At heart, Daniel Franzese is a big ol' goomba. The gay icon, known quintessentially for his breakout role as the tart-tongued Damian in the queer classic Mean Girls, is still deeply rooted in a palpably East Coast sensibility. The Brooklyn native's career is characterized by unflinching film work (Bully, I Spit On Your Grave), irreverent comedy (Party Down, Comeback), fearless stage craft (Dog Sees God) and a strong presence in the L.A. art scene (Crusaders and Haters). This August, a noticeably svelter Franzese returns to his Manhattan stomping grounds in the NY Fringe Festival with his new comedy, Jersey Shoresical: A Frickin' Rock Opera, but not before treating L.A. audiences to a limited run at the Bootleg Theatre. The funny fungool takes a break from his music rehearsals in Hollywood's historic Chateau de Fleurs to sit with Frontiers contributor and fellow Shoresical castmate Mike Ciriaco to discuss the production, Fringe Fest and his addiction to reality TV.
What inspired you to write a Jersey Shore musical?
I became friends with my writing partner Hanna LoPatin and we were gonna do another one of her shows together. She was doing a parody of Glee called Glum, and we started rehearsals, but then I couldn't do it—I had a conflict because my movie I Spit On Your Grave came out the same day as the show. So I was like, I have another idea—lets do a Jersey Shore musical. We met and it wrote itself in a lot of ways. We wrote the whole outline in an hour, we got so inspired.
What should audiences expect when they go in to see Jersey Shoresical?
They'll have a really good time—if you love Jersey Shore and even if you don't. If you love musicals. It's just a funny, great show.
Can you tell us about the guest stars?
We've got some famous people, some not as famous, but always someone hilarious. There are surprise guests—you just have to keep checking the roster. It's different each time. It has that vibe of Teen Angel in Grease, where they have a different person play Teen Angel each week. I wanted to borrow these different theater gags and pull different jokes from different shows. We have elements of Rent and Little Shop and Grease and all these different shows we mixed from.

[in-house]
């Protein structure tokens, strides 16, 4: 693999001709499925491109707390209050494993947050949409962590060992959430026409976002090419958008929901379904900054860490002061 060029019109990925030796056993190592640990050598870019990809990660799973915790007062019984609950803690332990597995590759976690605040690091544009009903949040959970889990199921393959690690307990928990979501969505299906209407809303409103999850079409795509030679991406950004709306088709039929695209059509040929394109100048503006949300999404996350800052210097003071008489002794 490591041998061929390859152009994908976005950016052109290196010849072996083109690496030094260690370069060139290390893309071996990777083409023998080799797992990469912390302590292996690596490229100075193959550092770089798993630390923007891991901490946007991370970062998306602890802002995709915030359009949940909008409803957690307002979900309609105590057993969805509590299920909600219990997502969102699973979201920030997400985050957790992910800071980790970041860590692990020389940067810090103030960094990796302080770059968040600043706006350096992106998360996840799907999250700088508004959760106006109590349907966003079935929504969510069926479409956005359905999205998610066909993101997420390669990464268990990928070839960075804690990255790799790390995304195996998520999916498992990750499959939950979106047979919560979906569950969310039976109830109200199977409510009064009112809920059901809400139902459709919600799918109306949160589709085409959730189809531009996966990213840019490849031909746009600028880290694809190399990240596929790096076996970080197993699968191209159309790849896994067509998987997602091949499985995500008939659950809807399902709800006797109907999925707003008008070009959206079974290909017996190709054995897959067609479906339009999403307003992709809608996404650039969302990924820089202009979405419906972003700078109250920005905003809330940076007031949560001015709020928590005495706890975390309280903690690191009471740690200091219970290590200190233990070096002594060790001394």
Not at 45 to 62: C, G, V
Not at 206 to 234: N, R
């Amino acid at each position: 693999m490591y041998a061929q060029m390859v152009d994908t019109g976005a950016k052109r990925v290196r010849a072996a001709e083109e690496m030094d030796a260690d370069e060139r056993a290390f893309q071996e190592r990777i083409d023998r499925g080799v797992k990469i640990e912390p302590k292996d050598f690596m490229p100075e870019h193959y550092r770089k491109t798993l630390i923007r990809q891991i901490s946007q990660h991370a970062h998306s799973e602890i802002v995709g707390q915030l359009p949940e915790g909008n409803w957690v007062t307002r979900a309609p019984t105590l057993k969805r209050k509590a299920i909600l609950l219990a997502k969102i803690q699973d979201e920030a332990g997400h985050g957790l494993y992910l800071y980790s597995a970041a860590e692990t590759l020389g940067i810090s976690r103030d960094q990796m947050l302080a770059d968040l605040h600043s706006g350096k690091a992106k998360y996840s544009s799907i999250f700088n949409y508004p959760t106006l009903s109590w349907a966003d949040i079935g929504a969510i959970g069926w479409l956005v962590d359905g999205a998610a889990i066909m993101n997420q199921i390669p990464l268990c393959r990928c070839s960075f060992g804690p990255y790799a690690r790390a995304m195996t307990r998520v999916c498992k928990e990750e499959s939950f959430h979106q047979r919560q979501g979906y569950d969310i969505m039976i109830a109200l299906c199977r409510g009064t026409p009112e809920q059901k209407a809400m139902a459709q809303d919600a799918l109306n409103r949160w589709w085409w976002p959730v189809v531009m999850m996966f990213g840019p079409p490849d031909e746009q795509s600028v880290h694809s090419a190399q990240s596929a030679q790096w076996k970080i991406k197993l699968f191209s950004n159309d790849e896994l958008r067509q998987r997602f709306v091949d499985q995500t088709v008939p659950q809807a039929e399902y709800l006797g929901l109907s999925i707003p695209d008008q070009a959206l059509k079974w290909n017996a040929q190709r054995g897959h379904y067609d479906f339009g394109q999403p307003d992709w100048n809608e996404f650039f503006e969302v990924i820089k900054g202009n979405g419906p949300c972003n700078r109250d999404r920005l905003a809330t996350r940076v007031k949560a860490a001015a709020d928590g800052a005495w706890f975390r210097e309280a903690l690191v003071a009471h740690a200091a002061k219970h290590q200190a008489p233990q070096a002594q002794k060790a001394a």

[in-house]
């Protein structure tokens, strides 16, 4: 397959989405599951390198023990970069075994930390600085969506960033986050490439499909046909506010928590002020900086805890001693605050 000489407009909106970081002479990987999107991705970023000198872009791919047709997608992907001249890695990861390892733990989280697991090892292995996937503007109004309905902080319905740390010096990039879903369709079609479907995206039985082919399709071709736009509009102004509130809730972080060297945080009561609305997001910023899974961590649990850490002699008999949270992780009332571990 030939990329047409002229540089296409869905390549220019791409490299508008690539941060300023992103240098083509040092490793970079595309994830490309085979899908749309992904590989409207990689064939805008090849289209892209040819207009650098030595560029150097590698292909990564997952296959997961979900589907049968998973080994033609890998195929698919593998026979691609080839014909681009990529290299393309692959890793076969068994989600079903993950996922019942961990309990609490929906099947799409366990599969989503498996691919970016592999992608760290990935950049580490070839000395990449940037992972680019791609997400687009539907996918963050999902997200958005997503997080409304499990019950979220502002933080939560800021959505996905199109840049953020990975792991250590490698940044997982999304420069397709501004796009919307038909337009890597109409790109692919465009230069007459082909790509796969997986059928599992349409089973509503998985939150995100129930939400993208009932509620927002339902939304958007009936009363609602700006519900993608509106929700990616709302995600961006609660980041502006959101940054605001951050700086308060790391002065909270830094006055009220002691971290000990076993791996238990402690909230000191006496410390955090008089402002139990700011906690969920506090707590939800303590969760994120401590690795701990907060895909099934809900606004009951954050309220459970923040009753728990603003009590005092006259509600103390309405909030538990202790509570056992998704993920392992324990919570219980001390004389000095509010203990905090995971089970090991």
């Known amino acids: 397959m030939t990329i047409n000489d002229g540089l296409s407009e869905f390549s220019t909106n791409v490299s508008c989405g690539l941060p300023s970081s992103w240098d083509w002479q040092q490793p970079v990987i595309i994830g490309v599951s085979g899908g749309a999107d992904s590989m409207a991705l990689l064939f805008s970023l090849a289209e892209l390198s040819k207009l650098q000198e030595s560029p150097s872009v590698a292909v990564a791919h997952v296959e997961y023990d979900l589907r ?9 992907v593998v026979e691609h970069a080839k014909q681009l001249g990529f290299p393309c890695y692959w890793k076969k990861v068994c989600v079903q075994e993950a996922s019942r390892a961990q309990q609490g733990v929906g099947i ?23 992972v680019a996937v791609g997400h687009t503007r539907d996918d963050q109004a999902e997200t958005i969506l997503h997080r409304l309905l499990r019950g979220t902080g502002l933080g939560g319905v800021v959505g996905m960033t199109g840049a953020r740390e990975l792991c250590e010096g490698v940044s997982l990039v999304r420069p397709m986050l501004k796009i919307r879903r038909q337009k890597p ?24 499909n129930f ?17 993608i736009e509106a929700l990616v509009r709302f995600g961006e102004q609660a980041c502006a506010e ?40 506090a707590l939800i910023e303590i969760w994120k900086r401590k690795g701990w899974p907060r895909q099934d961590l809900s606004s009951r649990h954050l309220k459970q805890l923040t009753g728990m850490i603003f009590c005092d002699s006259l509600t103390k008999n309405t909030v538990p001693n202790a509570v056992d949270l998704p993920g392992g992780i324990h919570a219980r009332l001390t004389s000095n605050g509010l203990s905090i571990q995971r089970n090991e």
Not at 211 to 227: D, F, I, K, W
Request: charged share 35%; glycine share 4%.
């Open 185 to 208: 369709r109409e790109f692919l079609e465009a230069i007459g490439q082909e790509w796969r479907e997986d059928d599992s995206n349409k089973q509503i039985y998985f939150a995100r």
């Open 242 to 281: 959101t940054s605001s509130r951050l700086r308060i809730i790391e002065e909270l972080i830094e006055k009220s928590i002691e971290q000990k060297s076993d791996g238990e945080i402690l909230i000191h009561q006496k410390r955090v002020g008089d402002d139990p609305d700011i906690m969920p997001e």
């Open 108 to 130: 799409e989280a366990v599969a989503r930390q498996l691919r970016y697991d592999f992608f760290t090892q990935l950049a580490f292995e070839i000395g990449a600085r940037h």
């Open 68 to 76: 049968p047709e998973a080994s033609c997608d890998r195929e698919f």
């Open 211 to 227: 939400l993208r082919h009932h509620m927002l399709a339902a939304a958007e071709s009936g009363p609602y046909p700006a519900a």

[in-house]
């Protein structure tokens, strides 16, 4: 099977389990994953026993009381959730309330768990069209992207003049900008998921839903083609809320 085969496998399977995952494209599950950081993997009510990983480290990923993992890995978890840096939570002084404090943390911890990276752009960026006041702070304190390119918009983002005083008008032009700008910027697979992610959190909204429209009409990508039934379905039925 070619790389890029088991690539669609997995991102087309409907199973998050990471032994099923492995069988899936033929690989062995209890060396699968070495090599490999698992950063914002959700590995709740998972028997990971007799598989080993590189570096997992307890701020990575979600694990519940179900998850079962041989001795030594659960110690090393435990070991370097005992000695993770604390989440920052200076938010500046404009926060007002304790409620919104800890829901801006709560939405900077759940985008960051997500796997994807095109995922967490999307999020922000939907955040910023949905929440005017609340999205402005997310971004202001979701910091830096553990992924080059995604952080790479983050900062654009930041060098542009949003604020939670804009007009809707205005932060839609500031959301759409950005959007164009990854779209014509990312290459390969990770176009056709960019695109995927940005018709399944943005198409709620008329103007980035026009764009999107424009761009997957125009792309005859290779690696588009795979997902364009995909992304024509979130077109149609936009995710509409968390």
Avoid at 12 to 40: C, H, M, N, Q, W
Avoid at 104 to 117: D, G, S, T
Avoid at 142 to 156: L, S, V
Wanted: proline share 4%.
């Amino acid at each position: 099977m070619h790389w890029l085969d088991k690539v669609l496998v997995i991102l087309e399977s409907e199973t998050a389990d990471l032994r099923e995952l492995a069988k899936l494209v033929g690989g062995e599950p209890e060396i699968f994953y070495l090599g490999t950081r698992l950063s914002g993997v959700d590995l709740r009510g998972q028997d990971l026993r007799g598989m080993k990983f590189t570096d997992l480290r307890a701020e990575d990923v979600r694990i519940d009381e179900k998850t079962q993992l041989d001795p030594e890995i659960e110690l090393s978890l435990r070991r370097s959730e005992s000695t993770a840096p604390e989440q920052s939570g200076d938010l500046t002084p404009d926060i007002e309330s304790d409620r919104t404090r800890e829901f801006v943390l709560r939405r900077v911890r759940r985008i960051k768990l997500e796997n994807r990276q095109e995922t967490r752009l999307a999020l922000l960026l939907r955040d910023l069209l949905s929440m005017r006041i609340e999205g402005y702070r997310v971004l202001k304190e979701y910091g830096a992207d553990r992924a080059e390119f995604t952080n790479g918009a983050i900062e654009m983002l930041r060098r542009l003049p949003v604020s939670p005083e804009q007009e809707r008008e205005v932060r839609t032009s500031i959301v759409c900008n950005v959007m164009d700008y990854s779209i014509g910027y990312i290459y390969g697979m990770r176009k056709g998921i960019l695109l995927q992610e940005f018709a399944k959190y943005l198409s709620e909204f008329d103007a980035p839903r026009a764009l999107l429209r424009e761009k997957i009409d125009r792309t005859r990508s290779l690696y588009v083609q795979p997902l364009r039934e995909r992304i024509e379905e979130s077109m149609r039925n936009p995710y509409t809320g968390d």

So it's as much a parody of musicals as it is a parody of Jersey Shore?
The word parody is more of a legal obligation. I feel it's more a celebration of all the wackiness and trashiness, and the musicality of Broadway.
Why choose Jersey Shore?
I'm Italian and I'm from New York. I was the biggest fan of the Jersey Shore before it was even cast. When I heard they were doing it, I was like, "I am watching the show. I cannot wait." I was telling everyone about it. When it came out I was hooked on it. I love trashy reality TV, which as an actor and writer is horrible, but I do love it. I also love cookies, which also poses a problem.
What was your approach to casting the J-Woww character?
I thought J-Woww was such a fantastic, larger-than-life personality that I couldn't think of a funny girl I knew to play her, so I went to a funny guy, Willam Belli, who is an amazing, awesome drag queen and actor.
Plus his boobs aren't real either. Tell me a bit about who you got to play Vinny.
Oh please, this is like Interview magazine. You've got me interviewing you and you interviewing me. [Laughs] You're Vinny, you know that. And you're awesome and adorable, and fun…
I just like compliments.
…and all these little guidette girls are gonna fall in love with you. And you're gonna get these West Hollywood dudes to come in and fall in love with you, too.
Why should a WeHo gay come see this show?
Are you kidding? It's a musical about muscle guidos. If you don't like that, what else do you want? Get right with God and go see a bunch of guidos dancing. If you don't like Jersey Shorescial, you're doing it wrong.
How do you think this show will fit into the context of the NY Fringe Fest?
The Fringe is known for having wacky shows. Years ago they had a Goonies musical. Karen DiConcetto, who plays Snooki, and I were in a production of a darker parody of the Peanuts characters called Dog Sees God. This fits in line with what the Fringe does. I feel it'll have a warm reception there. We're bringing them what they like. And those shows go on to do bigger things.
Like Urinetown went on to off-Broadway, then subsequently Broadway. And that's a musical about being charged to pee. Fringe is no stranger to avant-garde, fun, campy theater.
What are your plans for after Fringe?
Hopefully we get to mount a New York production, do a bunch of franchises. I would love to see this show able to be seen in a couple of states across the country.
A guido in every state!
If you don't know the Jersey Shore, you know people like these people.
What other projects do you have going on?
I'm gonna be in Tom Hanks' animated web series Electric City. Samantha Scharff, our producer for Jersey Shoresical, also produced that. She produced all the TV Funhouse animation on SNL. I wanna write more musicals, for sure. I wanna work more with Hanna. We have such a great work relationship. We worked so fast and well together. And its been so much fun. The writing process was fun. The producing part was a pain in the butt. I could sit all day and write.
Any final words for our Frontiers readers?
Get your butts in these seats. Leave the Westside, come to the East Side and check out a really fun, rockin' show.
Jersey Shoresical: A Frickin' Rock Opera, Bootleg Theater, 2220 Beverly Blvd., L.A., 8 p.m. every Wednesday in July. Book, music and lyrics by Daniel Franzese and Hanna LoPatin, produced by Samantha Scharff, directed by Drew Droege.
For more info, go to JerseyShoresical.com.